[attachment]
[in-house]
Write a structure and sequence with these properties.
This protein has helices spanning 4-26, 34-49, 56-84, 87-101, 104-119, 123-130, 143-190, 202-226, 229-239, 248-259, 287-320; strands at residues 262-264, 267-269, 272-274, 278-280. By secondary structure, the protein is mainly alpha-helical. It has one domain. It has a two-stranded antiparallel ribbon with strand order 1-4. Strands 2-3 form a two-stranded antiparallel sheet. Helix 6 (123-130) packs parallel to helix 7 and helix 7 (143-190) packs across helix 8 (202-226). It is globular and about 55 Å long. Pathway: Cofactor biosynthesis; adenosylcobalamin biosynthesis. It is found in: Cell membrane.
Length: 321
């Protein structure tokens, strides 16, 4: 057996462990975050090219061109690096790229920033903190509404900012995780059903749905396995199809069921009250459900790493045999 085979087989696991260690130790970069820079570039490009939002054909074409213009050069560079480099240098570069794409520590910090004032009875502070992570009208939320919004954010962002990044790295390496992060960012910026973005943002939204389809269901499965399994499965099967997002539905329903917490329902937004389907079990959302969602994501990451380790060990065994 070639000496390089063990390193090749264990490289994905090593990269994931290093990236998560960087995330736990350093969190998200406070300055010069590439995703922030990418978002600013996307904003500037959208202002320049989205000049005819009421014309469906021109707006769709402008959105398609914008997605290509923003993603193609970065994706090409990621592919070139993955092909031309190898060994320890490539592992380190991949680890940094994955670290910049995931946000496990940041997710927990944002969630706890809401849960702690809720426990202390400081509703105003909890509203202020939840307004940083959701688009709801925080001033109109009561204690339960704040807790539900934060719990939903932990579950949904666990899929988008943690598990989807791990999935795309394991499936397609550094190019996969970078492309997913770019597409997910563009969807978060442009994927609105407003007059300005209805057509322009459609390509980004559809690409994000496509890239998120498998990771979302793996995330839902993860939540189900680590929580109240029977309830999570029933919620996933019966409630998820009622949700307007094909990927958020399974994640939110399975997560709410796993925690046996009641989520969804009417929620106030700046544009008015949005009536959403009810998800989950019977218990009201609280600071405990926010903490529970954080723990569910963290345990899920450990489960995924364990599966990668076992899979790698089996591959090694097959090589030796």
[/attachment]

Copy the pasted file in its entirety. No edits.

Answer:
[in-house]
Write a structure and sequence with these properties.
This protein has helices spanning 4-26, 34-49, 56-84, 87-101, 104-119, 123-130, 143-190, 202-226, 229-239, 248-259, 287-320; strands at residues 262-264, 267-269, 272-274, 278-280. By secondary structure, the protein is mainly alpha-helical. It has one domain. It has a two-stranded antiparallel ribbon with strand order 1-4. Strands 2-3 form a two-stranded antiparallel sheet. Helix 6 (123-130) packs parallel to helix 7 and helix 7 (143-190) packs across helix 8 (202-226). It is globular and about 55 Å long. Pathway: Cofactor biosynthesis; adenosylcobalamin biosynthesis. It is found in: Cell membrane.
Length: 321
């Protein structure tokens, strides 16, 4: 057996462990975050090219061109690096790229920033903190509404900012995780059903749905396995199809069921009250459900790493045999 085979087989696991260690130790970069820079570039490009939002054909074409213009050069560079480099240098570069794409520590910090004032009875502070992570009208939320919004954010962002990044790295390496992060960012910026973005943002939204389809269901499965399994499965099967997002539905329903917490329902937004389907079990959302969602994501990451380790060990065994 070639000496390089063990390193090749264990490289994905090593990269994931290093990236998560960087995330736990350093969190998200406070300055010069590439995703922030990418978002600013996307904003500037959208202002320049989205000049005819009421014309469906021109707006769709402008959105398609914008997605290509923003993603193609970065994706090409990621592919070139993955092909031309190898060994320890490539592992380190991949680890940094994955670290910049995931946000496990940041997710927990944002969630706890809401849960702690809720426990202390400081509703105003909890509203202020939840307004940083959701688009709801925080001033109109009561204690339960704040807790539900934060719990939903932990579950949904666990899929988008943690598990989807791990999935795309394991499936397609550094190019996969970078492309997913770019597409997910563009969807978060442009994927609105407003007059300005209805057509322009459609390509980004559809690409994000496509890239998120498998990771979302793996995330839902993860939540189900680590929580109240029977309830999570029933919620996933019966409630998820009622949700307007094909990927958020399974994640939110399975997560709410796993925690046996009641989520969804009417929620106030700046544009008015949005009536959403009810998800989950019977218990009201609280600071405990926010903490529970954080723990569910963290345990899920450990489960995924364990599966990668076992899979790698089996591959090694097959090589030796």